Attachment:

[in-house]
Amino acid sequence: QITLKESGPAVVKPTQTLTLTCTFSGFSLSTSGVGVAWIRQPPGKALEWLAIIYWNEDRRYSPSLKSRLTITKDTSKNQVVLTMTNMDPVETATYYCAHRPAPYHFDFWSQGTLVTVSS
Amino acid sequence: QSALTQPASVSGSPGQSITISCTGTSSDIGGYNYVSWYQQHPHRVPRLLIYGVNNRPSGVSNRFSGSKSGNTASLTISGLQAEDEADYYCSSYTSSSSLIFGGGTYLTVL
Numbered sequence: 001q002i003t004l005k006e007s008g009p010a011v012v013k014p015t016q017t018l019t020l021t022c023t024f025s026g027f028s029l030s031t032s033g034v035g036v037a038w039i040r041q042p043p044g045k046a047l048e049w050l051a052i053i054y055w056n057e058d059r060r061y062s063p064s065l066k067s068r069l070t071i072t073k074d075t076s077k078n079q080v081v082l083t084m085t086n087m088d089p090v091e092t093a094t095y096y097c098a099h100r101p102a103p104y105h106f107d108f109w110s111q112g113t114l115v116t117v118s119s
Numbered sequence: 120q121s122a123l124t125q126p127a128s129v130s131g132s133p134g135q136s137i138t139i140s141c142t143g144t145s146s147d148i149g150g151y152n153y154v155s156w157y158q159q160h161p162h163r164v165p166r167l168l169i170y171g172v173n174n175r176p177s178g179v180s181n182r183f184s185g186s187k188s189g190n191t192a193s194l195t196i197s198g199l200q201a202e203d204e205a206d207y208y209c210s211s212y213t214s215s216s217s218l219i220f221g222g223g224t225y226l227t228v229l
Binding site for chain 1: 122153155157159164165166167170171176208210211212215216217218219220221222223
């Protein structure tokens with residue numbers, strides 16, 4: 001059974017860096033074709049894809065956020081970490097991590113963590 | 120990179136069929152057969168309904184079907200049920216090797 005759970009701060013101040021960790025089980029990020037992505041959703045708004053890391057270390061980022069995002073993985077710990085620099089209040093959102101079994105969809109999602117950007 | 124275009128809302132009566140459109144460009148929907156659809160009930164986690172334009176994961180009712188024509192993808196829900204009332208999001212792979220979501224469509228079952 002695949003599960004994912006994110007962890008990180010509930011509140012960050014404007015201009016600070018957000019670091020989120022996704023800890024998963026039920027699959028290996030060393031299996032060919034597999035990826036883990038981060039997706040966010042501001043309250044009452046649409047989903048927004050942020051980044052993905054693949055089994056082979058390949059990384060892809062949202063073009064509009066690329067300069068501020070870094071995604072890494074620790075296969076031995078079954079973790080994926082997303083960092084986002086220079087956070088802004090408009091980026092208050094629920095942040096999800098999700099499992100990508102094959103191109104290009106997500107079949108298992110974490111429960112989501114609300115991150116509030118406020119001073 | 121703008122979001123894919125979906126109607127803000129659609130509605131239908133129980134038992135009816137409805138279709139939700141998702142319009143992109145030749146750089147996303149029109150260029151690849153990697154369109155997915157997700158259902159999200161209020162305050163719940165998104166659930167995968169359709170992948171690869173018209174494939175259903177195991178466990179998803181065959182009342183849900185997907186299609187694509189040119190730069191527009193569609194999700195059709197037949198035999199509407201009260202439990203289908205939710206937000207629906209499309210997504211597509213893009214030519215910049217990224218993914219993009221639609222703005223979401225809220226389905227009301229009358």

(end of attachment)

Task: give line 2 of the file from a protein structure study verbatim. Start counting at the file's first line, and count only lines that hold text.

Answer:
Amino acid sequence: QITLKESGPAVVKPTQTLTLTCTFSGFSLSTSGVGVAWIRQPPGKALEWLAIIYWNEDRRYSPSLKSRLTITKDTSKNQVVLTMTNMDPVETATYYCAHRPAPYHFDFWSQGTLVTVSS